Olive 06HD Review

Olive is confidently transparent about the components that make up the 06HD—they’re not pulling the wool over anyone’s eyes by claiming to use mystery materials with magical properties.
Olive is confidently transparent about the components that make up the 06HD—they’re not pulling the wool over anyone’s eyes by claiming to use mystery materials with magical properties.
Olive is confidently transparent about the components that make up the 06HD—they’re not pulling the wool over anyone’s eyes by claiming to use mystery materials with magical properties.

Highs

  • Supreme audio performance
  • Passively cooled (no fans whatsoever)
  • Beautiful design

Lows

  • Can’t be used as a native USB audio device for a PC
  • No digital inputs
  • Limited to wireless network speeds of 54Mb/s

DT Editors' Rating

One of the few criticisms we lodged against Olive’s previous music server, the 04HD, was that a PC could be customized to deliver most of the same features and performance at much less cost. A PC would be bulkier, noisier, and not nearly as attractive, but it would be cheaper. It would be much harder, however, to build a PC to compete with Olive’s latest server, the model 06HD.

Yes, Olive has upped its game—considerably. The Olive 06HD Music Server improves on the 04HD in every way possible. It’s easier to use, provides better amplifier connections, delivers more storage capacity, boasts faster network components and — most importantly — sounds even more exquisite.

Audiophiles are often criticized for having more money than sense. They’ll spend hundreds of dollars for cryogenically treated audio cables (sorry, I meant to say “interconnects”). They’ll replace perfectly serviceable power cords with pricey cables festooned with ferrite cores, capacitors, chokes, and other materials that the manufacturer claims will dramatically improve the performance of whatever device the cord is connected to. And they’ll spend tens of thousands of dollars on high-end preamps, amps, CD players, outboard DACs, turntables, speakers, and other components. Olive clearly has its eye on these well-heeled customers—the Olive 06HD is priced at a cool $5,000—but there’s not a drop of snake oil in this product.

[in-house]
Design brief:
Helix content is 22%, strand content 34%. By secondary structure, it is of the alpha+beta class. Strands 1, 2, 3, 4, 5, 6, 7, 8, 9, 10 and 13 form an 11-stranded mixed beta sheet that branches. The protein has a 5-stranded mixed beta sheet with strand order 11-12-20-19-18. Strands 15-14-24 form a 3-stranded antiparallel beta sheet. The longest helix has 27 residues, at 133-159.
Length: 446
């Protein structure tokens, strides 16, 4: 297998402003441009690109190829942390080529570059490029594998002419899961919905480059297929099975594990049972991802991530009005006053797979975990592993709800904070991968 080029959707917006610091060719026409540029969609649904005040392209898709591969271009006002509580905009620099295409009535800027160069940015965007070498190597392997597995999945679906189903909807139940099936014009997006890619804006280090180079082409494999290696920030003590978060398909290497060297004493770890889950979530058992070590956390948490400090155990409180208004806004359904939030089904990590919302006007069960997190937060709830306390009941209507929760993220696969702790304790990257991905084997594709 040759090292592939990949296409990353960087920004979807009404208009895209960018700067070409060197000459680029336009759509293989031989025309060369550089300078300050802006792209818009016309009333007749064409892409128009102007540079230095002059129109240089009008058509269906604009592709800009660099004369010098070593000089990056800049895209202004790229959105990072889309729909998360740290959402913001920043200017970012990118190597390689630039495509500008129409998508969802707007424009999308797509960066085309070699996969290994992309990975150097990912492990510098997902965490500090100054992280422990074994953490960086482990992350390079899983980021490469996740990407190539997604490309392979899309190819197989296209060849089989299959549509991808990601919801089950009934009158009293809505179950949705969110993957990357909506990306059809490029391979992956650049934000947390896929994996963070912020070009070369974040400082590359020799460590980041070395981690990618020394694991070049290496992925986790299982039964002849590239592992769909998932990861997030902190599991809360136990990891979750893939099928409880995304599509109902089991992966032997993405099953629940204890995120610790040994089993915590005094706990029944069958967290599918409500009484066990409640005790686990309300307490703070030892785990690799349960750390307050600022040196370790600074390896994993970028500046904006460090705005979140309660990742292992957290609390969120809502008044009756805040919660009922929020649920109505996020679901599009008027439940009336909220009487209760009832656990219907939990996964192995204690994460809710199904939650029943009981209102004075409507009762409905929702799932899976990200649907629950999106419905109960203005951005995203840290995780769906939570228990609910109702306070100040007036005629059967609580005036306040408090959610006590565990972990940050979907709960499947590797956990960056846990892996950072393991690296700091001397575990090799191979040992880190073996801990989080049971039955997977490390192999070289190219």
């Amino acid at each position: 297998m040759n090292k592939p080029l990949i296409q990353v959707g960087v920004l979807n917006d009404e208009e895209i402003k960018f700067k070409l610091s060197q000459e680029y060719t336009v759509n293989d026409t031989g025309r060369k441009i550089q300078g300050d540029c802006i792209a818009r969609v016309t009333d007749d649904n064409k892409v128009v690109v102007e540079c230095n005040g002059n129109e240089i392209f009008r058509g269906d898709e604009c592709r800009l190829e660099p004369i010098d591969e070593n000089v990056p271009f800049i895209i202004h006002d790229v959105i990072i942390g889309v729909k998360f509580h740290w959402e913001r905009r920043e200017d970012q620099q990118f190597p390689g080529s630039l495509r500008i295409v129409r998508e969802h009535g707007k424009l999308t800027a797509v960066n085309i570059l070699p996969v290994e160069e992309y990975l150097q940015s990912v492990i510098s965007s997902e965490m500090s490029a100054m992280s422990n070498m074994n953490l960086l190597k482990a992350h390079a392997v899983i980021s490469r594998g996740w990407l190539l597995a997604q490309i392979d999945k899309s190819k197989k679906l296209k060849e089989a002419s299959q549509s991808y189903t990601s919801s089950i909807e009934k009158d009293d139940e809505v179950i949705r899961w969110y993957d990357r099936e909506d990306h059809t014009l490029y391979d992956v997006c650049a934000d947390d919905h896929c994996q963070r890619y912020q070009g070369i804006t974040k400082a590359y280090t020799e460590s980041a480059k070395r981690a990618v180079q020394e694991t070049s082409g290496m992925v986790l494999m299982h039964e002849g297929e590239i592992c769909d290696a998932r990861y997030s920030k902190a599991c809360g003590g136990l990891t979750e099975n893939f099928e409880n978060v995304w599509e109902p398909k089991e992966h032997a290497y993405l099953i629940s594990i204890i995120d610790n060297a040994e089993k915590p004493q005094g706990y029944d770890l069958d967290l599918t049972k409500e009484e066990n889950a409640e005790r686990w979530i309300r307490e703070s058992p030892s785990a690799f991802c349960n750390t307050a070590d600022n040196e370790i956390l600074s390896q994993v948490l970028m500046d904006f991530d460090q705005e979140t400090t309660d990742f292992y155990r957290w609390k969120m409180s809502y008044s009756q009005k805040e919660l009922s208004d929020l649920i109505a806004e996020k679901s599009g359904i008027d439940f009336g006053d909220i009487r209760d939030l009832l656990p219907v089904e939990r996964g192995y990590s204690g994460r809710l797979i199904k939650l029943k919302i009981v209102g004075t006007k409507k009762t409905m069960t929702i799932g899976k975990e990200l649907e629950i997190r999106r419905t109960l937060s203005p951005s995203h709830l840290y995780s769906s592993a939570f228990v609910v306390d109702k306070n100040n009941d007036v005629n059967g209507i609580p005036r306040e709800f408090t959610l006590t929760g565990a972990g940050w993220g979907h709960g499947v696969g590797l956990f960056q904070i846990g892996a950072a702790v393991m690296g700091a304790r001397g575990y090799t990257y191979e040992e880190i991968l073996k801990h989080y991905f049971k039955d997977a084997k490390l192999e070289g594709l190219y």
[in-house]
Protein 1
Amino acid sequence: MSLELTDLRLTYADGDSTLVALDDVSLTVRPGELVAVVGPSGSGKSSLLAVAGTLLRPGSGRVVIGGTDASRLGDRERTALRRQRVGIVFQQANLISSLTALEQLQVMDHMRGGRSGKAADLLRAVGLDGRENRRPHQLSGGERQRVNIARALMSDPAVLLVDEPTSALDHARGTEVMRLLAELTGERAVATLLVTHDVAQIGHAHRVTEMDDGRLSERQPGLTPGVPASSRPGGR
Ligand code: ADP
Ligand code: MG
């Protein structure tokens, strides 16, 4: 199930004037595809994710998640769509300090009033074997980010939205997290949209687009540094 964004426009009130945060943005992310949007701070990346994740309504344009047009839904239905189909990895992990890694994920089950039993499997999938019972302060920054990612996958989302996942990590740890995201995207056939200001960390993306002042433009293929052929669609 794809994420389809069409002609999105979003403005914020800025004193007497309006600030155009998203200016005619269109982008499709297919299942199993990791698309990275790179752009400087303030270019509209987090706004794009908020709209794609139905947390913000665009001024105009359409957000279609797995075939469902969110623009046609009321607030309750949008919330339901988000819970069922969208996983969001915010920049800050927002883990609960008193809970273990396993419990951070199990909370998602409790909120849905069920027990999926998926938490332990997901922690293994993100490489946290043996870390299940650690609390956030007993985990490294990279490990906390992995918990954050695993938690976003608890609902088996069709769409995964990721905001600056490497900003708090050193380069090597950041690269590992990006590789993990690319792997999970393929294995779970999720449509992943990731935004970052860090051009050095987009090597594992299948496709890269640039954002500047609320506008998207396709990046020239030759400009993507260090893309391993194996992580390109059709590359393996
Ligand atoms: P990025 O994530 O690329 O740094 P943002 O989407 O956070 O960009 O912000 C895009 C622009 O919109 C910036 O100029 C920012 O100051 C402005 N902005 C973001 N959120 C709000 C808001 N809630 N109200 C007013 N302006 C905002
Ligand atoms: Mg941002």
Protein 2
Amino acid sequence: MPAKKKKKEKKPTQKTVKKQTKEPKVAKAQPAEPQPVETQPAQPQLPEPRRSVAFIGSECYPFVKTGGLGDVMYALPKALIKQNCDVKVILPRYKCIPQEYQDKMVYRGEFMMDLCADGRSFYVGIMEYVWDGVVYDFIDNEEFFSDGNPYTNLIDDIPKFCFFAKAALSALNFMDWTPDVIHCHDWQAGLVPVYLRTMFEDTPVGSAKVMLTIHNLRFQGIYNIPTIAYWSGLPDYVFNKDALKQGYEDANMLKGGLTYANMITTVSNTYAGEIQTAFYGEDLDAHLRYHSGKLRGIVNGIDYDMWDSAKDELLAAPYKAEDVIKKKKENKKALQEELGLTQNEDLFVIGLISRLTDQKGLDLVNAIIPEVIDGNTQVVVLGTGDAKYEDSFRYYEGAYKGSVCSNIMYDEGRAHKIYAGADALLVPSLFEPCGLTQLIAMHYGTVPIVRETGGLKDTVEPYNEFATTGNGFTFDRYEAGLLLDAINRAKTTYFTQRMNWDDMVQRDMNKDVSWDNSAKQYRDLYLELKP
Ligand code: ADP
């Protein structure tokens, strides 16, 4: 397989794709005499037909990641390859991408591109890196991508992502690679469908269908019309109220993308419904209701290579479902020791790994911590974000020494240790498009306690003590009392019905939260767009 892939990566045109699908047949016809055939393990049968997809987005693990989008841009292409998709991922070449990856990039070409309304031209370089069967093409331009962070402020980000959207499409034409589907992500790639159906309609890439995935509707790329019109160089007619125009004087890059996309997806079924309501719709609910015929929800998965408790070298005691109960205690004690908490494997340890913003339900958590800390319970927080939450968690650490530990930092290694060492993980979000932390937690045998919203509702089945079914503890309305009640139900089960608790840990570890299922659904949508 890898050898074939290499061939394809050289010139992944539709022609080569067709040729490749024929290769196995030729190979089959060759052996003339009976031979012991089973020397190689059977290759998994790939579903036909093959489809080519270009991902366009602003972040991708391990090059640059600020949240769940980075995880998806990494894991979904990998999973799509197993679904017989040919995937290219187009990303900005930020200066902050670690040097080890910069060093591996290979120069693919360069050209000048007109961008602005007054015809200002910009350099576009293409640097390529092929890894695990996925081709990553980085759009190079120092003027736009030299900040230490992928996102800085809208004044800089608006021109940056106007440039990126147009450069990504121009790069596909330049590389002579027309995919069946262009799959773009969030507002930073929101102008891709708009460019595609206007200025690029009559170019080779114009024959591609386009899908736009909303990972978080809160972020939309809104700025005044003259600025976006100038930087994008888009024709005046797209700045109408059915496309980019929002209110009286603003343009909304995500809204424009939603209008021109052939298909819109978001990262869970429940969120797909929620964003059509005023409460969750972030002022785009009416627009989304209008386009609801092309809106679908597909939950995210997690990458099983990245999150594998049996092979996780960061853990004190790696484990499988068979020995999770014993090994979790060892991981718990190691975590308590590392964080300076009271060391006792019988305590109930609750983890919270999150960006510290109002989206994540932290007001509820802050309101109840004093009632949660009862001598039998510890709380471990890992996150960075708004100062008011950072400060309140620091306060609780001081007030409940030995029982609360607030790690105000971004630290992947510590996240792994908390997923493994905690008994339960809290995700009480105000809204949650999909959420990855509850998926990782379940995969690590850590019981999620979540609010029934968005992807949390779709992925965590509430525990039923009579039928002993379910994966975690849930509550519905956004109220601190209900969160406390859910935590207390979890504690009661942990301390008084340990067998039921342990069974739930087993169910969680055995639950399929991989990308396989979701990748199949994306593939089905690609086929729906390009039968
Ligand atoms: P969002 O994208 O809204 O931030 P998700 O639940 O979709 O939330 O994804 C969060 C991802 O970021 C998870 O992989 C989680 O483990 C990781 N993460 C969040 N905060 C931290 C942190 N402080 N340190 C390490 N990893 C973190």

Olive is confidently transparent about the components that make up the 06HD—the company’s not pulling the wool over anyone’s eyes by claiming to use mystery materials with magical properties. In fact, Olive identifies the make and model of nearly every component save one: the CPU responsible for running the Linux-based operating system (reps were willing to reveal that it’s a custom chip manufactured by Marvell).

Industrial design

Before we dive into an examination of the 06HD’s innards, let’s examine its gorgeous exterior. It’s slightly larger than the 04HD, with 10.1-inch, 800 x 480-pixel color touch-screen occupying most of the real estate on top of its all-aluminum shell. You can use the screen (or the buttons below it) to navigate Olive’s graphical user interface; alternatively, you can use a smartphone or tablet (there are apps for both the iOS and Android operating systems). While you’re listening to music, the display shows album art and metadata related to the music you’re currently listening to. An HDMI output in back enables you to display the same on your TV or video projector (although the resolution is limited to a pedestrian 480p).

Olive 06HD review home media audio serverNeither the 04HD or the 06HD would work well tucked inside the typical entertainment center; on the other hand, they’re so beautiful to behold that you wouldn’t want to hide them in a cabinet. The narrow front panel hosts a ¼-inch headphone jack with its own volume control, and a slot-feed CD player and burner. We’ll go into more detail about these components later.

Turn the 06HD around and you’ll find a number of upgrades compared to the 04HD, chief among them balanced XLR analog and digital (AES/EBU) audio outputs fabricated by the famed European audio-component manufacturer Neutrik. Balanced connectors such as these are much less susceptible to external noise and electromagnetic interference, and they support much longer cable runs than is possible with RCA and other types of unbalanced audio cables. Olive also provides gold-plated RCA analog audio outputs, if your amp isn’t equipped with XLR inputs, as well as coaxial and Toslink S/PDIF connections if you’d prefer to connect the server to an outboard digital-to-analog converter (DAC). The 06HD doesn’t have any digital inputs, however, so you won’t be able to use it to convert the digital outputs from other devices.

The back panel also hosts mounts for a pair of Wi-Fi antennas, a gigabit Ethernet port, and a USB 2.0 port (which is limited to backing up the internal 2TB hard drive and updating system software; you can’t connect a keyboard to it for data entry purposes). Backups are image-based and will overwrite the contents of whatever external drive is used for the backup; the upside to this is that restoring your music library after a catastrophic drive failure will be quick and painless. You’ll need to use the network connections to transfer your music library to the server.

Under the hood